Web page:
I’ve received a lot of great feedback and commentary on my post earlier this week, “Death to Profit Per Partner,” none of it better than from my friend Toby Brown of 3 Geeks and a Law Blog. In a post at 3 Geeks this morning, Toby channeled the spirit of Weekend Update in challenging some of the premises and conclusions of my post. Here’s a sampling:
Although [Jordan] makes many arguments for why and how PPP might be a negative force, he misses the main point of why PPP or any other law firm profit metric exists. They exist to drive behavior. Firms need their partners to behave in profitable ways and need to set clear expectations of what those ways are. Without a clear expectation, firms can fully expect partners to perform in whatever way enhances their self interest, regardless of its impact of the economic health of the firm.
Giving Jordan credit, currently firms seem to only have the goal of improved profits (however they might be defined). I am in complete agreement that for firms to be successful for the long haul, they need a better goal: something like being the best and most cost effective at addressing their clients’ legal needs. Focusing on client needs does lead to success. But then we still need to define success. And ‘profitable’ needs to be part of that definition.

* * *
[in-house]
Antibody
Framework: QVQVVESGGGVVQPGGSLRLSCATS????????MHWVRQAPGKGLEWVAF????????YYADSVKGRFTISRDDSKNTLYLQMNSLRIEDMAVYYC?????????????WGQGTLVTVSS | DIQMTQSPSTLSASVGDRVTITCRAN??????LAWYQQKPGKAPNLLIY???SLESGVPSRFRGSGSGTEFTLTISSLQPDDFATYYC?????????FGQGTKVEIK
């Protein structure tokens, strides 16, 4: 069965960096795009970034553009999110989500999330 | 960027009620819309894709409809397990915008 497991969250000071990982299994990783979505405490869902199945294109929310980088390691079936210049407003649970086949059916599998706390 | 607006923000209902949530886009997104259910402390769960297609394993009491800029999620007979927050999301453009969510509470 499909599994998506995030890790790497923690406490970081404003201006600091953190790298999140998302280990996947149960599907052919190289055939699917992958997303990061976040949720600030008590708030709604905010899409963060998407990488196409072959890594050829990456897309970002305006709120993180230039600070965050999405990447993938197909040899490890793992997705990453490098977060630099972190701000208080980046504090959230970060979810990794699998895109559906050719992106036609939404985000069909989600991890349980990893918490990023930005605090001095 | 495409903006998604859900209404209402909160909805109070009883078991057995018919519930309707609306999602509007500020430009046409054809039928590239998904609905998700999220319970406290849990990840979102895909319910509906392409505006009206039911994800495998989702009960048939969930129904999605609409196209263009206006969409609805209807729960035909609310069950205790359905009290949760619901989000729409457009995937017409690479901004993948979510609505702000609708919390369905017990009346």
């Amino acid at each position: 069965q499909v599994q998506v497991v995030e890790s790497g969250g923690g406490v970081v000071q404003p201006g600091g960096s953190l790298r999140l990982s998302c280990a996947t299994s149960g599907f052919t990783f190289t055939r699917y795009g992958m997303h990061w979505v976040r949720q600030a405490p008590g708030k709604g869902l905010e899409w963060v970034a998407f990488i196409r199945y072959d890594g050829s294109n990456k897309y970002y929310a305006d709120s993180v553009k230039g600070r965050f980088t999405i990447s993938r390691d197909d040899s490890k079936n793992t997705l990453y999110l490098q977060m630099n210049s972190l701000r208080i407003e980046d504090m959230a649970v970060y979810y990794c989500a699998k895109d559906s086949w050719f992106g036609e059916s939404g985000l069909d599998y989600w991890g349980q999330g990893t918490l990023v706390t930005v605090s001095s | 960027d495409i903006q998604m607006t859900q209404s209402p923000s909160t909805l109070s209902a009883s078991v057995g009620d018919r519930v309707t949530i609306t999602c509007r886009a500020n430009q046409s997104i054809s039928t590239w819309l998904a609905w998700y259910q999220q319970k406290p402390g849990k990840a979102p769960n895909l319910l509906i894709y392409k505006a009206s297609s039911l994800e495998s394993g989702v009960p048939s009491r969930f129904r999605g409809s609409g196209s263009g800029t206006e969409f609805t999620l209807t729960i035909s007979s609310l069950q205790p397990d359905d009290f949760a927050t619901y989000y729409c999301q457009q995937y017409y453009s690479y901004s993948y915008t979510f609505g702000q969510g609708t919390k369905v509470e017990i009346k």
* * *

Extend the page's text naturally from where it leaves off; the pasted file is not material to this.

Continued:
The fact that a given PPP number is not a true mean or median is beside the point. The real point is whether profits are healthy. PPP is actually a fiction, like most profit methodologies. However, without having profit be part of ‘success’, then a firm risks going out of business and ending its ability to be the best at addressing client legal needs.
Toby invited me to respond, and I gave it my best Jane Curtin. I recommend you click over to Toby’s post to read his entire argument and the ensuing dialogue. But here’s essentially what I had to say:
I disagree with the contention that the main point of why PPP (or any other law firm profit metric) exists is to drive behaviour. The main point of a profit metric is to measure profits. That’s what it’s there for. A law firm has many tools to shape behaviour, some of them explicit (compensation and bonus systems, for example) and some implicit (cultural expectations and peer pressures). But in almost every case, a law firm uses only one method (PPP) to tell itself and others whether and what to extent it’s healthy. The choice of profit metric does have a distant, secondary influence over behaviour (more on the relationship between the two below), but that’s not primarily why it’s there.
It’s entirely correct to say, as Toby does, that “[f]irms need their partners to behave in profitable ways and need to set clear expectations of what those ways are.” But we diverge at the sentence following: “Without a clear expectation, firms can fully expect partners to perform in whatever way enhances their self interest, regardless of its impact of the economic health of the firm.” I would argue that in fact, that’s exactly the situation we have now: partners do act in their self-interest, aggressively so, and firms’ current choice of PPP as their profitability metric directly encourages this.